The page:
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Hanna Musiol – Wounded Landscapes and Maps of Hurt: Breaths, Scars, and Tender Story-Sharing
May 3 @ 12:00 pm - 1:30 pm | Humanities 1, Room 210
This event is co-sponsored by Film and Digital Media
Maps always sense and often cut. Much has been written about their violence, as an overture for the genocidal touch, as a prospecting tool priming landscapes for material and narrative extraction, or as an instrument of attritional social neglect (Lo Presti). Hegemonic cartographies live off of elisions of “disposable bodies” and on demarcation lines which construct architectures of harm (Lambert). This talk focuses instead on scars, gasps of pain, cartographic story-sharing, and maps of hurt. It is thus an homage to marginalized but not marginal bodies, stories and breaths, all demanding oxygen, care, delight, and a “right to co-existence” (Holmes). Drawing on the work of feminist, diasporic, and critical race thinkers, architects, poets, human geographers, and Indigenous Arctic mixmedia practitioners—Katherine McKittrick, Olga Lehmann, Pia Arke, Afaa Weaver, Laura Lo Presti, Johnny Pitts, Eliane Brum, Viktorija Bogdanova, among many others—Musiol will center on site-specific cartographic acts of “tender narration” involving artivists, architects, mappers, students, and literary scholars working together in art galleries, on the page, in our classrooms, and in the streets (Tokarczuk). Specifically, she will meander across several sites and rehearsals of remapping: Afaa Weavers’s and Viktorija Bogdanova’s poetic maps of spaces that “hurt us” and Sissel Bergh’s textual cartographies of South Sámi coast; monumental, yet ephemeral urban-scale poetic storytelling actions taking over the streets, pages, bodies, and facades in Trondheim and Hiedanranta; and, finally, site-specific pedagogies of cartographic story-sharing, which draw on the ambulatory, resuscitative, biosocial oxygen-delivery affordances of poetry (in polylingual urban poetic ensembles and Søstrene Suse’s Radiokino listening seances). The talk will conclude with reflection about the cartographic acts of “repair,” tenderness, and “unlearning” (Azoulay), asking, after Josie Billington and Pia Arke, how we, literary and cultural scholars and students, can attend to the wounded bodies and landscapes “personally,” using our meager disciplinary tools and “enfleshed” cartographies of hurt (Sharpe).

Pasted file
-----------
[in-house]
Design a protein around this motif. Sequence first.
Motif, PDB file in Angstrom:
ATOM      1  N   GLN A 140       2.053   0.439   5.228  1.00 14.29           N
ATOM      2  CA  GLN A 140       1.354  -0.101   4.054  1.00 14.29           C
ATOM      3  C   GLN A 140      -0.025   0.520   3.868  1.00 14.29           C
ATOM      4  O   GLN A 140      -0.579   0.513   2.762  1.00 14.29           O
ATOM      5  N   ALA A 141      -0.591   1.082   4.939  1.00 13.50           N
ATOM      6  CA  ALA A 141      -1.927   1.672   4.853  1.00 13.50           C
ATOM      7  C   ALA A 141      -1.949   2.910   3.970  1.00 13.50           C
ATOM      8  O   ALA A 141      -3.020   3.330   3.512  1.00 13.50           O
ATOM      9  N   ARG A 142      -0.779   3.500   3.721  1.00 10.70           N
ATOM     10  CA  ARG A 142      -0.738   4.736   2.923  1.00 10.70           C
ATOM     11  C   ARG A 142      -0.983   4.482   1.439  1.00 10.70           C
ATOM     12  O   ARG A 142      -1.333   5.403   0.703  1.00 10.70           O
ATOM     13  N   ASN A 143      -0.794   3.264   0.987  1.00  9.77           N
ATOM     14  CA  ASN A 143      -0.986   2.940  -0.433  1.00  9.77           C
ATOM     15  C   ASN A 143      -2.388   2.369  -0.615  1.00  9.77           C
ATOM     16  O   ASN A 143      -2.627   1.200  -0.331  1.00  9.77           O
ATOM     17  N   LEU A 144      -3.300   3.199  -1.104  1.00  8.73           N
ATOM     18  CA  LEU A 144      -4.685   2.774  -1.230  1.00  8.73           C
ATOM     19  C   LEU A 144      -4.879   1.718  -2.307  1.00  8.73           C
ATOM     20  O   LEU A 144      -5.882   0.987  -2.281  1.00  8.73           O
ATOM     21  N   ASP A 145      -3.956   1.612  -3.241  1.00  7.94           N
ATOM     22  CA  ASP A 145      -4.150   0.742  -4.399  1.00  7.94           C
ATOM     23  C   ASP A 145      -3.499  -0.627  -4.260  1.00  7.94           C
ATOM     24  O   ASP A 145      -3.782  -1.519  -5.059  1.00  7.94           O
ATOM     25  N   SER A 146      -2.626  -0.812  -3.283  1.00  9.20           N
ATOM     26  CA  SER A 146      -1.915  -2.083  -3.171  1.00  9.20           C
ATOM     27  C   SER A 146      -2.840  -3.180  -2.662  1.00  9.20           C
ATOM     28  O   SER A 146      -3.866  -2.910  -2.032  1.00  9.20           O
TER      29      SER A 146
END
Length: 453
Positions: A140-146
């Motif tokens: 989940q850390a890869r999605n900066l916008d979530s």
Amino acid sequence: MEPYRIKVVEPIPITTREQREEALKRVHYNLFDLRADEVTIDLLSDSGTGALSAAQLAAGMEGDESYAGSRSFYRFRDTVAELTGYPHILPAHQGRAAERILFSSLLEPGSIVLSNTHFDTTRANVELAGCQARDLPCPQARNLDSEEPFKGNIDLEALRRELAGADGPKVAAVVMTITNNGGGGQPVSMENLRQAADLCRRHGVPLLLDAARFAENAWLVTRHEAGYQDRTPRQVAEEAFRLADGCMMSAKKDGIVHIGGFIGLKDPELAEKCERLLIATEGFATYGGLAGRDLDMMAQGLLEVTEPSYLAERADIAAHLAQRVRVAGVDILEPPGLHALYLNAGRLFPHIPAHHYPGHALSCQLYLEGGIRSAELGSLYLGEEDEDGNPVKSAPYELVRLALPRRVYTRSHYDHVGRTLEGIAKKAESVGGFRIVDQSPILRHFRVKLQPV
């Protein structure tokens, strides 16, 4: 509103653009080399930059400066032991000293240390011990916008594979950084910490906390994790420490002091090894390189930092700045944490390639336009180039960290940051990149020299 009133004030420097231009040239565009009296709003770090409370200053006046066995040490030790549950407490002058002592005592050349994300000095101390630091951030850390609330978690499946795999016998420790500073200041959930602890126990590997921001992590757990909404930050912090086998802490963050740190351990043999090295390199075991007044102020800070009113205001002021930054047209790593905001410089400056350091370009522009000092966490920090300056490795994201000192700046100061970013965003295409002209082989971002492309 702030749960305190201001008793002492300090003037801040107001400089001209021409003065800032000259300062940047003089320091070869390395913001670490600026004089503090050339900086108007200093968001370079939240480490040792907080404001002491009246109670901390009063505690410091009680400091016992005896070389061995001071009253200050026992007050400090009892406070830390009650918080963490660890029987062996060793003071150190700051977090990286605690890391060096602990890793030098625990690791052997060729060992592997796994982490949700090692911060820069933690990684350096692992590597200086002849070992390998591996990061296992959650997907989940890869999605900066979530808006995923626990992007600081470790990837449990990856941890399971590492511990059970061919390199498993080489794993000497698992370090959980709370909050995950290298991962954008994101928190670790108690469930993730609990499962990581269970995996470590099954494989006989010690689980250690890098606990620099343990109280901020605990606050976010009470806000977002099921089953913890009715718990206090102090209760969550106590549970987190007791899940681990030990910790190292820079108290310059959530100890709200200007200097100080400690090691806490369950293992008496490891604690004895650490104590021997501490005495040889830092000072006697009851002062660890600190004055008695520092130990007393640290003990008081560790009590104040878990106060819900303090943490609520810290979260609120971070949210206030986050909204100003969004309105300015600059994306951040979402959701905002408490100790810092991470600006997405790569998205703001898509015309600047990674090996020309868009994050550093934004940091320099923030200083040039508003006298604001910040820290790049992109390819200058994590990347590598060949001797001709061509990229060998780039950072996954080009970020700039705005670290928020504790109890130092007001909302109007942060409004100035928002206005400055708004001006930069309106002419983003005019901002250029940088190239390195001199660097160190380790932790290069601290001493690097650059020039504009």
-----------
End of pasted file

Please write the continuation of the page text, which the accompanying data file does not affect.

Hanna Musiol (PhD, Northeastern University) is Professor of Modern/Contemporary Literature at NTNU (Norway) and a 2022–2023 Human Rights Fellow at SUNY Binghamton (US). Her research interests include transnational literary studies, site-specific transmedia storytelling and reparative reading practices, and critical theory, with emphasis on migration, environmental humanities / political ecology, and environmental and human rights. She publishes frequently on aesthetics and justice, and her work has appeared in DHQ, ASAP/J, Environment, Space, and Place, Technology of Human Rights Representation, Journal of American Studies, and Writing Beyond the State. Musiol regularly co-organizes city-scale curatorial, public humanities, and civic-engagement initiatives and exhibitions, such as Narrating the City, Of Borders and Travelers, Spectral Landscapes, and Resist as Forest. She is based in Trondheim, where she frequently collaborates with grassroots urban storytelling initiatives such as Literature for Inclusion & Poetry without Borders. She is currently involved in several transborder research projects devoted to spatial storytelling: Narrating Sustainability, One by Walking, Environmental Storytelling, and Environmental Practices Across Borders.
The Center for Cultural Studies hosts a weekly Wednesday colloquium featuring work by faculty and visitors. We gather at 12:00 PM, with presentations beginning at 12:15 PM.
RSVP by 11 AM on the day of the colloquium, and you will receive the Zoom link and password at 11:30 AM.
Staff assistance is provided by The Humanities Institute.